Supporters of the clinic have wanted to fight back for a long time, but were waiting for a window of opportunity to take a stand.
In one poll of New York and Pennsylvania voters, three-quarters of respondents said that a woman’s ability to control whether to have children is linked to equality and financial stability.
A new Economic Policy Institute report and “Fight for 15” protests have a common theme: Because employers pay their workers too little to live on, workers have to rely on government assistance to get by and taxpayers foot the bill.
For transgender people in New York City, changing the gender on a city birth certificate could become much easier under a set of proposals that would move the definition of gender transition away from sexual anatomy and toward gender identity.
In an effort to reduce unintended pregnancy and improve birth outcomes, some states are working to make intrauterine devices easier for Medicaid patients to access.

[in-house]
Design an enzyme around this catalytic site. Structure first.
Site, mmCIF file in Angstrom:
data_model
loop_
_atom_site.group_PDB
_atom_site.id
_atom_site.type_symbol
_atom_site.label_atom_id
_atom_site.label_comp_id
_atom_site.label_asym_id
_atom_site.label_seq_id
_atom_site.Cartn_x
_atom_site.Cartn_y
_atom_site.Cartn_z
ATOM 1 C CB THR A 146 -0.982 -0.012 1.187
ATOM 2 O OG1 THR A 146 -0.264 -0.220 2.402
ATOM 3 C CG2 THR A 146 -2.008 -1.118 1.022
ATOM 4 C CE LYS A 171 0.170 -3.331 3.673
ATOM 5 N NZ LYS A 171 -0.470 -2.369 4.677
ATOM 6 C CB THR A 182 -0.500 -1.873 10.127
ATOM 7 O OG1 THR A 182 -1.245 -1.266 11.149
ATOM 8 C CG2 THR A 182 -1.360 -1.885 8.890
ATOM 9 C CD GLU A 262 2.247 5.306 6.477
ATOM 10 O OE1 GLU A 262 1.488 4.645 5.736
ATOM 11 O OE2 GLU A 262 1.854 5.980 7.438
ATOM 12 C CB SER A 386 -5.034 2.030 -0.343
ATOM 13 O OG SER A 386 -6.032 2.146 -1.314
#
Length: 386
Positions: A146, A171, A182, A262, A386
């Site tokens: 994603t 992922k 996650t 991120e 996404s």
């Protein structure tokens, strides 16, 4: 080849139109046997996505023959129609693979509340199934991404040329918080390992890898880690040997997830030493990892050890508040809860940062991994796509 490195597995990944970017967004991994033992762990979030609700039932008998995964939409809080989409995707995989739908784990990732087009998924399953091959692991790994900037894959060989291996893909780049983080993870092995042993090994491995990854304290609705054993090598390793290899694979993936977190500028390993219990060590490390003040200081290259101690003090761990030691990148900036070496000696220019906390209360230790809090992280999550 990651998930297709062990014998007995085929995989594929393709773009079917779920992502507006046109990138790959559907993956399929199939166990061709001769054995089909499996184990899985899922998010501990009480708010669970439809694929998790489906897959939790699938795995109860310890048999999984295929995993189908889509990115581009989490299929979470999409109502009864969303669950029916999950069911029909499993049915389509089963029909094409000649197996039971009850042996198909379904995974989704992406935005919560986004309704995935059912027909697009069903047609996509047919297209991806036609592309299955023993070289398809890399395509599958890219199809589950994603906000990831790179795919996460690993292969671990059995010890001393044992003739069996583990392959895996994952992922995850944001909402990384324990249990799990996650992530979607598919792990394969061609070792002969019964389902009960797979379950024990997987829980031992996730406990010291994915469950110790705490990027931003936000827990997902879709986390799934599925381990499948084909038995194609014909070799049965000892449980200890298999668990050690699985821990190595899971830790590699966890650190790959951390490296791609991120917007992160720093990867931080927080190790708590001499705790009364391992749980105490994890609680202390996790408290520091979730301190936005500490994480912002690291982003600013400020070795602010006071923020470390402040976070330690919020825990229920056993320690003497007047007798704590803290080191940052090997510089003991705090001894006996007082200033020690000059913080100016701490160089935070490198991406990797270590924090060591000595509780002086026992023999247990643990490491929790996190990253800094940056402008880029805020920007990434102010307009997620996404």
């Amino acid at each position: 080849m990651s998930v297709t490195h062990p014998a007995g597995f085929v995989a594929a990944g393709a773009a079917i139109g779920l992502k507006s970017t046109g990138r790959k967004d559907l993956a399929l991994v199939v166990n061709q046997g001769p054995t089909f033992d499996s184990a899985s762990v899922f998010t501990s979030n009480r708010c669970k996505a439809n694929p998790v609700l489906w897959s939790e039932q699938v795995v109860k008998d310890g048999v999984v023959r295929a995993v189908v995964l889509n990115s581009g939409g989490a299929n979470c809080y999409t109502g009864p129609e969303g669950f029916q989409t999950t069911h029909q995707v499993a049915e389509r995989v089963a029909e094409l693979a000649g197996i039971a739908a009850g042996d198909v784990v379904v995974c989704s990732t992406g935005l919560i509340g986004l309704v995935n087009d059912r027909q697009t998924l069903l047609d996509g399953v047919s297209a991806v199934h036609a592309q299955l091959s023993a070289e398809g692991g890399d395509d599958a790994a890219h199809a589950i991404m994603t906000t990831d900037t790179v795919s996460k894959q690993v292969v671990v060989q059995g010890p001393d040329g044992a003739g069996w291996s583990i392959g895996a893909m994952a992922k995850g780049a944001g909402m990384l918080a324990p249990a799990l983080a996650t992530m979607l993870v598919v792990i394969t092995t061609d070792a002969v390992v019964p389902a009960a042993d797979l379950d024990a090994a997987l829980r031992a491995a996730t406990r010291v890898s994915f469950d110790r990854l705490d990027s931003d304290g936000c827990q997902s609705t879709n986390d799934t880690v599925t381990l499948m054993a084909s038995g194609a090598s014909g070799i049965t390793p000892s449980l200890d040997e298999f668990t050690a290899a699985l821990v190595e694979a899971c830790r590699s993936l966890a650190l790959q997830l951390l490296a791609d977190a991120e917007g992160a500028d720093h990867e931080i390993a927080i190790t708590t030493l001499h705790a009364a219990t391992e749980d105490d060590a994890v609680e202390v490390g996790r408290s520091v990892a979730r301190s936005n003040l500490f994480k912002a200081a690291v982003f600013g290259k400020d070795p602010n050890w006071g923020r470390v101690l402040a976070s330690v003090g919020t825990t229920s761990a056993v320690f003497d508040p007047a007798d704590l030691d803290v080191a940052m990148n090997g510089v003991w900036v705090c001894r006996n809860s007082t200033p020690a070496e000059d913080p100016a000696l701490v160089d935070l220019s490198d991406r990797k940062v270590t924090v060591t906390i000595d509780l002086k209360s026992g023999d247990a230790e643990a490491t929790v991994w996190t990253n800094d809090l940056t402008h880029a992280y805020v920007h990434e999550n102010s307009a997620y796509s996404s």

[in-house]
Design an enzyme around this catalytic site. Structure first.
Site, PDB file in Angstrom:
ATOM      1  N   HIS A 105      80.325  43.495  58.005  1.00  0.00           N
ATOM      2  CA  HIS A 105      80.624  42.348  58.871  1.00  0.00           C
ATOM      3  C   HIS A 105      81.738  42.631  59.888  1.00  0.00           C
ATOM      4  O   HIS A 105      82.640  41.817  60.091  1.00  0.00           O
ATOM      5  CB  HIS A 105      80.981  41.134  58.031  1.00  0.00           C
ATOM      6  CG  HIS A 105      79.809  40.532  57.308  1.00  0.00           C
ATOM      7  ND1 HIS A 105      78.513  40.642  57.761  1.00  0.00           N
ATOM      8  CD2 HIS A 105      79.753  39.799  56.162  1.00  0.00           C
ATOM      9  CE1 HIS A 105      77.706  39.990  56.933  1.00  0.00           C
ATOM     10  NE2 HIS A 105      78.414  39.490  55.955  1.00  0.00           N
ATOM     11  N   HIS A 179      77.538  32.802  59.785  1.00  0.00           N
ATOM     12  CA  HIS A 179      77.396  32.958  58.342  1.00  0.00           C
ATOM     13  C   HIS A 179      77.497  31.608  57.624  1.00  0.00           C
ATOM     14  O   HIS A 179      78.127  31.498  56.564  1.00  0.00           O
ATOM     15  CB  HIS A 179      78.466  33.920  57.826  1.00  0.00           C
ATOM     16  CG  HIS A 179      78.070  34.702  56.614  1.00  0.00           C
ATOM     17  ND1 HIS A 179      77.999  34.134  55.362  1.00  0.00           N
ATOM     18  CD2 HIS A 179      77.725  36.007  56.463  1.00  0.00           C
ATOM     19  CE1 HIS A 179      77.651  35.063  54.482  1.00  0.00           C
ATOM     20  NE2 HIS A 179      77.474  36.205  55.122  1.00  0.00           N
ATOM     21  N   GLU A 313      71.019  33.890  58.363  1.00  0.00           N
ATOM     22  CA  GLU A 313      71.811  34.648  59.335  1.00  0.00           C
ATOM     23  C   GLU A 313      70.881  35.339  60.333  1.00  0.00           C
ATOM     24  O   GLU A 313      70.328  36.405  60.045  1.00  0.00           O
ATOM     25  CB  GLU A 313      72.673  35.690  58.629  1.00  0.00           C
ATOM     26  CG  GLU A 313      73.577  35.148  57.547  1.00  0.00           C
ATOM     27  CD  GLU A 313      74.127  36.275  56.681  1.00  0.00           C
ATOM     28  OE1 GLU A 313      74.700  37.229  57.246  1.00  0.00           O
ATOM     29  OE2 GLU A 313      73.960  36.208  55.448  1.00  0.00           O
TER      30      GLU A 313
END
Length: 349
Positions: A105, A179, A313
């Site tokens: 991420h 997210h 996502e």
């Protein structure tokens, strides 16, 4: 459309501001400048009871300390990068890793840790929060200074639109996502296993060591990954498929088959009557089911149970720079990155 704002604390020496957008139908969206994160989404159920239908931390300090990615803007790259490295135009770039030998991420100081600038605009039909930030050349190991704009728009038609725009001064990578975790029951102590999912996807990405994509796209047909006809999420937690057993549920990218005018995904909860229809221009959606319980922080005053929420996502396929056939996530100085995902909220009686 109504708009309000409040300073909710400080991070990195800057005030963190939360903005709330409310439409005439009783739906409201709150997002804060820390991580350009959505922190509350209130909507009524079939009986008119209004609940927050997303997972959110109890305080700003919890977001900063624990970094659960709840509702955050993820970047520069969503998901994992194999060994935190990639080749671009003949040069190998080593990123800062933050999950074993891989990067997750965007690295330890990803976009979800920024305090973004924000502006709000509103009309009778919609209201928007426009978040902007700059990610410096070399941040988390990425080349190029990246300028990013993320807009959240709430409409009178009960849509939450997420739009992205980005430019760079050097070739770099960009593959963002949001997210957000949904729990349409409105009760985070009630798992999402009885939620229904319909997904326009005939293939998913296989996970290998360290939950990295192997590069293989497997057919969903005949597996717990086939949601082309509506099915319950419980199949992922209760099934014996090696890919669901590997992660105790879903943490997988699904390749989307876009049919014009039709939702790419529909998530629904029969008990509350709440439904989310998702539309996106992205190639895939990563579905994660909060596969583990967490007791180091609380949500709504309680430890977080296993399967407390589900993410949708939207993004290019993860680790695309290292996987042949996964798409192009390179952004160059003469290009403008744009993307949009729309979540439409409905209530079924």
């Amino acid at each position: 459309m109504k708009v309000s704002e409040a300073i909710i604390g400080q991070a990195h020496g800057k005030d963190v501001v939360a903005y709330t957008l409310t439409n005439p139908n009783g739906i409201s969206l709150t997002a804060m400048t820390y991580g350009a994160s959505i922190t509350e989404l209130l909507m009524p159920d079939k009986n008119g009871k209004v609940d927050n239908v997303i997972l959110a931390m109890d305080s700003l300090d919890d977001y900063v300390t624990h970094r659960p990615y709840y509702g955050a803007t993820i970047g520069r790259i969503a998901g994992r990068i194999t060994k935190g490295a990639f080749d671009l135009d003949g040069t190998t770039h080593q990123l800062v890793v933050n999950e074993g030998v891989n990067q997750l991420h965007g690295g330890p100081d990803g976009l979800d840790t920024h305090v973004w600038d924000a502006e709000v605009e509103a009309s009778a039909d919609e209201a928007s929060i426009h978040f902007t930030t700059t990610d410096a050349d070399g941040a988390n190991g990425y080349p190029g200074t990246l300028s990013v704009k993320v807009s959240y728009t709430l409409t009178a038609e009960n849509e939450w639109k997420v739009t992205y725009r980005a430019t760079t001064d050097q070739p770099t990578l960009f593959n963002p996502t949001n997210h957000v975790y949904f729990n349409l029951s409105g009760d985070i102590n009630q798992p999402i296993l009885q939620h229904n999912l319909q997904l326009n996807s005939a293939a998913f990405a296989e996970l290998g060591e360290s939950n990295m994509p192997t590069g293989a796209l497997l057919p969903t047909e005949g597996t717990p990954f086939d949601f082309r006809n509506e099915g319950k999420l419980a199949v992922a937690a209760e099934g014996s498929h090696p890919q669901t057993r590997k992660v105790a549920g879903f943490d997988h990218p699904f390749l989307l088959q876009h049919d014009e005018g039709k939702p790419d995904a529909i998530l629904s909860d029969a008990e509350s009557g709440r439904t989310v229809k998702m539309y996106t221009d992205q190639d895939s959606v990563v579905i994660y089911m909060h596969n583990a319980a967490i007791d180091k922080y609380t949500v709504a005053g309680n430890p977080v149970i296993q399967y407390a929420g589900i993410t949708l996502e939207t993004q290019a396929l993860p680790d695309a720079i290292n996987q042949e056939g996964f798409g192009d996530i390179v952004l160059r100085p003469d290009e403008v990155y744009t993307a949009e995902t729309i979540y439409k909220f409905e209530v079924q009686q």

“We’re working to give women the opportunity to have the birth they want or the abortion they need,” said Katharine Morrison, who has owned Buffalo Womenservices since 2005.
Rick Perry seems to think that Joan Rivers would still be alive if her doctor had hospital admitting privileges, the kind Texas now requires of abortion providers. Oh, wait. He did.
Anti-choicers’ bizarre attacks on the newly crowned Miss America expose how the movement has become a strange conspiracy-theory factory, with its supporters seeing monsters around every corner.
Republicans continue to grapple with ways to attract more women voters, even in reliably conservative states.
Michigan legislators introduced a bill Wednesday that would require employers to notify all current and prospective employees about whether the company’s insurance plan covers contraceptives.